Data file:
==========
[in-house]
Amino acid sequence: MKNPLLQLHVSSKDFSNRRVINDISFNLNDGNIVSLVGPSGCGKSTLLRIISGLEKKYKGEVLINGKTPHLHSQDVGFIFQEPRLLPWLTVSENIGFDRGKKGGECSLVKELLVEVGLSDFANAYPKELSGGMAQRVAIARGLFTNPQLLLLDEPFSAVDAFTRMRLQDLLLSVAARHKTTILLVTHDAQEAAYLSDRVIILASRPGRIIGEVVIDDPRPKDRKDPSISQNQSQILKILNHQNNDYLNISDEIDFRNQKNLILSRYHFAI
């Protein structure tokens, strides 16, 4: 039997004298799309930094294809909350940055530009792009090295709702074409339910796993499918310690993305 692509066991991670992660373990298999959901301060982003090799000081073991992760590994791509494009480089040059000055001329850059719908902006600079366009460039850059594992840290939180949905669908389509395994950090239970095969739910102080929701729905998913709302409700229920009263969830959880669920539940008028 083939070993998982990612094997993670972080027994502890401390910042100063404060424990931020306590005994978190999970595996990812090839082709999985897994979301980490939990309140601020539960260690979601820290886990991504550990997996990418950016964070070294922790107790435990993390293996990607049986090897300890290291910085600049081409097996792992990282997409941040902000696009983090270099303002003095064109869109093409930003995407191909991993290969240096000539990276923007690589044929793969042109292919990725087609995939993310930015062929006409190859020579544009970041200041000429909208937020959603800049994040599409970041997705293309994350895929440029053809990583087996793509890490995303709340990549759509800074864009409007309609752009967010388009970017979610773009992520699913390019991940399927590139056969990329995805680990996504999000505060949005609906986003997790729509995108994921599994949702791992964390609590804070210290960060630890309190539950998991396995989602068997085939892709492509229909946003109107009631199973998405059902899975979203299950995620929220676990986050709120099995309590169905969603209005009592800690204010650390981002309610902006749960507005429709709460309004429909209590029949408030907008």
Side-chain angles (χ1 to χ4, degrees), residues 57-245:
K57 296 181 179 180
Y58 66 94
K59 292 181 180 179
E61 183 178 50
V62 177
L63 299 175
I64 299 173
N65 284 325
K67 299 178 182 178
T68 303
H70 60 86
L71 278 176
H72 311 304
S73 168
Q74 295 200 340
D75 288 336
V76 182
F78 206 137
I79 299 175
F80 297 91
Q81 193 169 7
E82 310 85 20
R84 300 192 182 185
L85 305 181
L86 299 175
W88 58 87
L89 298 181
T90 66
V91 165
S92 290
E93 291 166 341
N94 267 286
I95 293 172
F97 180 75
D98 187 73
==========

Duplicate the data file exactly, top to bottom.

[in-house]
Amino acid sequence: MKNPLLQLHVSSKDFSNRRVINDISFNLNDGNIVSLVGPSGCGKSTLLRIISGLEKKYKGEVLINGKTPHLHSQDVGFIFQEPRLLPWLTVSENIGFDRGKKGGECSLVKELLVEVGLSDFANAYPKELSGGMAQRVAIARGLFTNPQLLLLDEPFSAVDAFTRMRLQDLLLSVAARHKTTILLVTHDAQEAAYLSDRVIILASRPGRIIGEVVIDDPRPKDRKDPSISQNQSQILKILNHQNNDYLNISDEIDFRNQKNLILSRYHFAI
């Protein structure tokens, strides 16, 4: 039997004298799309930094294809909350940055530009792009090295709702074409339910796993499918310690993305 692509066991991670992660373990298999959901301060982003090799000081073991992760590994791509494009480089040059000055001329850059719908902006600079366009460039850059594992840290939180949905669908389509395994950090239970095969739910102080929701729905998913709302409700229920009263969830959880669920539940008028 083939070993998982990612094997993670972080027994502890401390910042100063404060424990931020306590005994978190999970595996990812090839082709999985897994979301980490939990309140601020539960260690979601820290886990991504550990997996990418950016964070070294922790107790435990993390293996990607049986090897300890290291910085600049081409097996792992990282997409941040902000696009983090270099303002003095064109869109093409930003995407191909991993290969240096000539990276923007690589044929793969042109292919990725087609995939993310930015062929006409190859020579544009970041200041000429909208937020959603800049994040599409970041997705293309994350895929440029053809990583087996793509890490995303709340990549759509800074864009409007309609752009967010388009970017979610773009992520699913390019991940399927590139056969990329995805680990996504999000505060949005609906986003997790729509995108994921599994949702791992964390609590804070210290960060630890309190539950998991396995989602068997085939892709492509229909946003109107009631199973998405059902899975979203299950995620929220676990986050709120099995309590169905969603209005009592800690204010650390981002309610902006749960507005429709709460309004429909209590029949408030907008």
Side-chain angles (χ1 to χ4, degrees), residues 57-245:
K57 296 181 179 180
Y58 66 94
K59 292 181 180 179
E61 183 178 50
V62 177
L63 299 175
I64 299 173
N65 284 325
K67 299 178 182 178
T68 303
H70 60 86
L71 278 176
H72 311 304
S73 168
Q74 295 200 340
D75 288 336
V76 182
F78 206 137
I79 299 175
F80 297 91
Q81 193 169 7
E82 310 85 20
R84 300 192 182 185
L85 305 181
L86 299 175
W88 58 87
L89 298 181
T90 66
V91 165
S92 290
E93 291 166 341
N94 267 286
I95 293 172
F97 180 75
D98 187 73